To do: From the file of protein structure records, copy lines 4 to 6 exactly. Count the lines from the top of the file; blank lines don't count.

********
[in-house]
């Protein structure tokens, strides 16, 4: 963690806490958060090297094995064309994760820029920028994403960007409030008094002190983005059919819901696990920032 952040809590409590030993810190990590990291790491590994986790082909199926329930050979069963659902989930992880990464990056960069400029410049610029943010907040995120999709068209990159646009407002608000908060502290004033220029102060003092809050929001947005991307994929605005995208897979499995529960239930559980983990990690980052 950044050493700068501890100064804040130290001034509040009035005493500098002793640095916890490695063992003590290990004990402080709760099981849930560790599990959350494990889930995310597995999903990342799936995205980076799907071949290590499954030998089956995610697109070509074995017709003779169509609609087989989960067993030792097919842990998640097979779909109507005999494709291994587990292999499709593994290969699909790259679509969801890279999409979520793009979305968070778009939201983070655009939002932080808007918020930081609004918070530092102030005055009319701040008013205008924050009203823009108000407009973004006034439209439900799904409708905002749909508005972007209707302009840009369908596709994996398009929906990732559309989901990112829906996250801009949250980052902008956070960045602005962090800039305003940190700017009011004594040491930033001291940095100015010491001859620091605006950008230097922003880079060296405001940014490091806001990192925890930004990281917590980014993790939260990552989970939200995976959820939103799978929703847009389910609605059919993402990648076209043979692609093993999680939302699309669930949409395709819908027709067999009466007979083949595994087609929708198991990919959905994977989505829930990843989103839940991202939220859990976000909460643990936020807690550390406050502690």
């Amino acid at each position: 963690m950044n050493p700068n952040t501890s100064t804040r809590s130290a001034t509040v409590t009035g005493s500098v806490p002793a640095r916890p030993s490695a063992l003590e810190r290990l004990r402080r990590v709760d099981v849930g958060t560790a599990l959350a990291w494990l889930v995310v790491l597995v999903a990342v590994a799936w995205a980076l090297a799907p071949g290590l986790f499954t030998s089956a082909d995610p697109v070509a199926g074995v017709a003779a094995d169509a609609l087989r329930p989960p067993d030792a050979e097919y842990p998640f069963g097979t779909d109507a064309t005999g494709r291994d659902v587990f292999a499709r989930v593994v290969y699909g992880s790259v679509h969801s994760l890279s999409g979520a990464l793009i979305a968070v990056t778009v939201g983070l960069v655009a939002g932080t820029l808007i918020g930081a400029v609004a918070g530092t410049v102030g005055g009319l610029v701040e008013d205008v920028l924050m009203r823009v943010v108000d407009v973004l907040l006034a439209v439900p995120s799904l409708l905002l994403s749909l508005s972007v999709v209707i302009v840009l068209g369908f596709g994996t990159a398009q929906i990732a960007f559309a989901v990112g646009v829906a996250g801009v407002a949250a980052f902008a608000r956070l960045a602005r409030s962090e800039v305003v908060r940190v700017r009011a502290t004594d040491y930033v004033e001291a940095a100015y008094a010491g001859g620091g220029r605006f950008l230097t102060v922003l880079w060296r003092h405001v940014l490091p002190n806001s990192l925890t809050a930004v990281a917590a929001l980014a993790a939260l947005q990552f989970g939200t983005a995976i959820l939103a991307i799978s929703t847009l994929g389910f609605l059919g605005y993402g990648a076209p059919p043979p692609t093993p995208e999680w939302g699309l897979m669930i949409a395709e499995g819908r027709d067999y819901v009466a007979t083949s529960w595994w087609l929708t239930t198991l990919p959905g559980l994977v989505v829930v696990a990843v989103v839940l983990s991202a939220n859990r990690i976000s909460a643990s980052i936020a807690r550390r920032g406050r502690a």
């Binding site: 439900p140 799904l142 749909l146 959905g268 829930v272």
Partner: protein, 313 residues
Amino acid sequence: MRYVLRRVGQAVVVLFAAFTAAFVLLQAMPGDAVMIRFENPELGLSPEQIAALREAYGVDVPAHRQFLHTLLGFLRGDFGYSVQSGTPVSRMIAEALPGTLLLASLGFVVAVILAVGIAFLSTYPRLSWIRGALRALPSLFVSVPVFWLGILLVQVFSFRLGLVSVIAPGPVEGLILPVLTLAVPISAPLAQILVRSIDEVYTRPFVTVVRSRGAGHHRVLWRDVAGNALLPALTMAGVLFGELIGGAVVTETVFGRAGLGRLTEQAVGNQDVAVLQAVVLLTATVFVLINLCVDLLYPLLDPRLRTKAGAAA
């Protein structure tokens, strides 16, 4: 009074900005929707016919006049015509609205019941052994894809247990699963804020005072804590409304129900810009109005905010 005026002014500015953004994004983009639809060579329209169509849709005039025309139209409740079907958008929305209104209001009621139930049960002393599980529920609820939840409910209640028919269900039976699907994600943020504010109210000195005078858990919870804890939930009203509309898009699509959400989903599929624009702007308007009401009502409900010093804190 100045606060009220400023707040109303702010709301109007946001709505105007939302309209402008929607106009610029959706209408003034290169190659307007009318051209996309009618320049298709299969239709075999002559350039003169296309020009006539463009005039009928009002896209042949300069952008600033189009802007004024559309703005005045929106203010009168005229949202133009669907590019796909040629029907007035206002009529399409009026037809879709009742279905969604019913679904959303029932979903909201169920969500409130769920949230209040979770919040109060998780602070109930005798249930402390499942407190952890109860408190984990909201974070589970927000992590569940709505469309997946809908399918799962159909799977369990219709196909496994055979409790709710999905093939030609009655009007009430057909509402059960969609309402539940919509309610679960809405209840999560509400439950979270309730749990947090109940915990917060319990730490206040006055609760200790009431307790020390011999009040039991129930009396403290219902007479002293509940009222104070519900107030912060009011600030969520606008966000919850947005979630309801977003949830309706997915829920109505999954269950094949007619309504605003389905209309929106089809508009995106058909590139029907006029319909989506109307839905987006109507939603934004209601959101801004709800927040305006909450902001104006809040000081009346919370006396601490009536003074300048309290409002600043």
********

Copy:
């Binding site: 439900p140 799904l142 749909l146 959905g268 829930v272």
Partner: protein, 313 residues
Amino acid sequence: MRYVLRRVGQAVVVLFAAFTAAFVLLQAMPGDAVMIRFENPELGLSPEQIAALREAYGVDVPAHRQFLHTLLGFLRGDFGYSVQSGTPVSRMIAEALPGTLLLASLGFVVAVILAVGIAFLSTYPRLSWIRGALRALPSLFVSVPVFWLGILLVQVFSFRLGLVSVIAPGPVEGLILPVLTLAVPISAPLAQILVRSIDEVYTRPFVTVVRSRGAGHHRVLWRDVAGNALLPALTMAGVLFGELIGGAVVTETVFGRAGLGRLTEQAVGNQDVAVLQAVVLLTATVFVLINLCVDLLYPLLDPRLRTKAGAAA